“To say that The Justice Calling is a timely gift to the contemporary church is a profound understatement.”
— Christina Edmondson
Over the past decade, justice movements to abolish labor slavery, end sex trafficking, fight for those who suffer violent oppression, and address grinding poverty have been growing. Access to the needs of every neighbor on the planet is wide open in a way that has never before been true in human history, awakening Christians to the reality of injustice and the depth of suffering in our world today. Evangelical interest, in particular, has been on the rise. But reactions can all too easily range from impulsive fits of activism without true understanding to paralyzing despair.
Here two authors with firsthand experience in the justice movement encourage us to ground our call to justice in sound biblical and theological teaching as we engage with the most critical global needs of our time. The authors connect justice to Scripture, the character of God, and the long traditions of the church so that our passion meets perseverance and justice becomes an enduring and integrated part of our life and faith.
As political scientists and politicians scramble to bring comprehension to our worldwide diversity and conflict, Dr Kristen Deede Johnson brings the theological voice of Augustine into the forum…The results are astonishing: instead of strident polemics she brings the parties together in a rich conversation that integrates deep scholarship with a thoroughly Christian theological imagination.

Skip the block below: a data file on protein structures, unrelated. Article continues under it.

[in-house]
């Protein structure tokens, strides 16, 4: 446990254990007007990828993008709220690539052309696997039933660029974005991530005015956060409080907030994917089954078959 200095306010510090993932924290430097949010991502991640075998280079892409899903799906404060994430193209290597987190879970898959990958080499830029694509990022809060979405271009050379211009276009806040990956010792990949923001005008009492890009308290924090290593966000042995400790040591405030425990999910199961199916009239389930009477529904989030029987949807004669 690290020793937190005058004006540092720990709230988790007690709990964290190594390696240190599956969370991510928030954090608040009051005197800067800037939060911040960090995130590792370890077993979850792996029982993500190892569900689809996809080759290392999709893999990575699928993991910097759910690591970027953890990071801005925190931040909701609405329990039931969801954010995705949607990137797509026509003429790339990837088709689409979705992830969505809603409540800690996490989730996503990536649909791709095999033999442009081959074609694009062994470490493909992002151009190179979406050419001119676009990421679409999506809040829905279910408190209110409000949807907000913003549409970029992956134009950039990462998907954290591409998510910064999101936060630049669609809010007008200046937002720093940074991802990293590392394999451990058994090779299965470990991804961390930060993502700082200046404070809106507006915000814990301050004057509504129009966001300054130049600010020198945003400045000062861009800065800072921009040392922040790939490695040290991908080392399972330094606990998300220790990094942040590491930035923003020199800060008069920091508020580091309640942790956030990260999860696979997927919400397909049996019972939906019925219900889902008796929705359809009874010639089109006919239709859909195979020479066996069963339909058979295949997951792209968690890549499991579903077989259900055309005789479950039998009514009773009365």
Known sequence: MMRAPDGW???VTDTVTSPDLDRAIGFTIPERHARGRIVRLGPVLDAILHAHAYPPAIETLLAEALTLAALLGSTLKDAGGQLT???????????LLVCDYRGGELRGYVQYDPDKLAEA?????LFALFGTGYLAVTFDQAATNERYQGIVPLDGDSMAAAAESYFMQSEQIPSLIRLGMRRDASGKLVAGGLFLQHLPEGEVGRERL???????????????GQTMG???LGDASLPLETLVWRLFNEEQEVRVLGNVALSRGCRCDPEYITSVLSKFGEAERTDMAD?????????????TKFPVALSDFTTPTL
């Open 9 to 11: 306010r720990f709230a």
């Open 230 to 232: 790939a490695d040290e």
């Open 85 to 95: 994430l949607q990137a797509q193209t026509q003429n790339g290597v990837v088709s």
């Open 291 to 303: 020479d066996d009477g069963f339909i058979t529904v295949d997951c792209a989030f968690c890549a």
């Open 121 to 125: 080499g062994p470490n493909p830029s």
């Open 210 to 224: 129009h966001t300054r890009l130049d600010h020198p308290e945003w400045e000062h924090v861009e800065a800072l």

— Eugene H. Peterson
How can we live together in the midst of our differences? This is one of the most pressing questions of our time. Tolerance has been the bedrock of political liberalism, while proponents of agonistic political thought and radical democracy have sought an answer that allows a deeper celebration of difference. Kristen Deede Johnson describes the move from tolerance to difference, and the accompanying move from epistemology to ontology, within political theory. Building on this ‘ontological turn’, in search of a theological answer to the question, she puts Augustine into conversation with recent political theorists and theologians. This theological option enables the Church to envision a way to engage with contemporary political society without losing its own embodied story and practices. It contributes to our broader political imagination by offering a picture of rich engagement between the many different particularities that constitute a pluralist society.
Supporting this World’s Ballerinas: Learning from Mad Men’s Female Workers
Edited by Ann W. Duncan and Jacob L. Goodson, Cascade Books, 2016.